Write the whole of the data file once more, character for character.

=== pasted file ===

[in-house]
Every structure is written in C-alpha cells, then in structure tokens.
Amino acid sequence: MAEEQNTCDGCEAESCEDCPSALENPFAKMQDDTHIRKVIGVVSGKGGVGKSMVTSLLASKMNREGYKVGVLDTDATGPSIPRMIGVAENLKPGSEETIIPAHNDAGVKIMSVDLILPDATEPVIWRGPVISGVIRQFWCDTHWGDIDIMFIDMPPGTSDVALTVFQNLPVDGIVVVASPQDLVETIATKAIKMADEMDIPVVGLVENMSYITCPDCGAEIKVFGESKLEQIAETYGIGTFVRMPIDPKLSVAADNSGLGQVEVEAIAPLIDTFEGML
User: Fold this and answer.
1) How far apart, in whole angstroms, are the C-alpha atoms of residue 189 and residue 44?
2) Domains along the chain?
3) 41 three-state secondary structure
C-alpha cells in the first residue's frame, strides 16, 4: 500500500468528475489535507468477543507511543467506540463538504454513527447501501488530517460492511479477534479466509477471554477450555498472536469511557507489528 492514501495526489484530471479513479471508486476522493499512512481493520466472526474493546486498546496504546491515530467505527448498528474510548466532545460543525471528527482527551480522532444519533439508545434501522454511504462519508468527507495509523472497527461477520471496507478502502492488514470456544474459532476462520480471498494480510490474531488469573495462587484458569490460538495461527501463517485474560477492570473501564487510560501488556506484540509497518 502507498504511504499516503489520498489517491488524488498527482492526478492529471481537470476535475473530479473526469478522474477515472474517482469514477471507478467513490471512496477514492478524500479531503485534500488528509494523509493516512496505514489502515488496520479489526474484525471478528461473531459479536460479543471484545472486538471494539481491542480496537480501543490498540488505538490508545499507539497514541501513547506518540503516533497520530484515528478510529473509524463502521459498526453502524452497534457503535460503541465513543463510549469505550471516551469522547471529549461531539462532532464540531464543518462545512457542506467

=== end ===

[in-house]
Every structure is written in C-alpha cells, then in structure tokens.
Amino acid sequence: MAEEQNTCDGCEAESCEDCPSALENPFAKMQDDTHIRKVIGVVSGKGGVGKSMVTSLLASKMNREGYKVGVLDTDATGPSIPRMIGVAENLKPGSEETIIPAHNDAGVKIMSVDLILPDATEPVIWRGPVISGVIRQFWCDTHWGDIDIMFIDMPPGTSDVALTVFQNLPVDGIVVVASPQDLVETIATKAIKMADEMDIPVVGLVENMSYITCPDCGAEIKVFGESKLEQIAETYGIGTFVRMPIDPKLSVAADNSGLGQVEVEAIAPLIDTFEGML
User: Fold this and answer.
1) How far apart, in whole angstroms, are the C-alpha atoms of residue 189 and residue 44?
2) Domains along the chain?
3) 41 three-state secondary structure
C-alpha cells in the first residue's frame, strides 16, 4: 500500500468528475489535507468477543507511543467506540463538504454513527447501501488530517460492511479477534479466509477471554477450555498472536469511557507489528 492514501495526489484530471479513479471508486476522493499512512481493520466472526474493546486498546496504546491515530467505527448498528474510548466532545460543525471528527482527551480522532444519533439508545434501522454511504462519508468527507495509523472497527461477520471496507478502502492488514470456544474459532476462520480471498494480510490474531488469573495462587484458569490460538495461527501463517485474560477492570473501564487510560501488556506484540509497518 502507498504511504499516503489520498489517491488524488498527482492526478492529471481537470476535475473530479473526469478522474477515472474517482469514477471507478467513490471512496477514492478524500479531503485534500488528509494523509493516512496505514489502515488496520479489526474484525471478528461473531459479536460479543471484545472486538471494539481491542480496537480501543490498540488505538490508545499507539497514541501513547506518540503516533497520530484515528478510529473509524463502521459498526453502524452497534457503535460503541465513543463510549469505550471516551469522547471529549461531539462532532464540531464543518462545512457542506467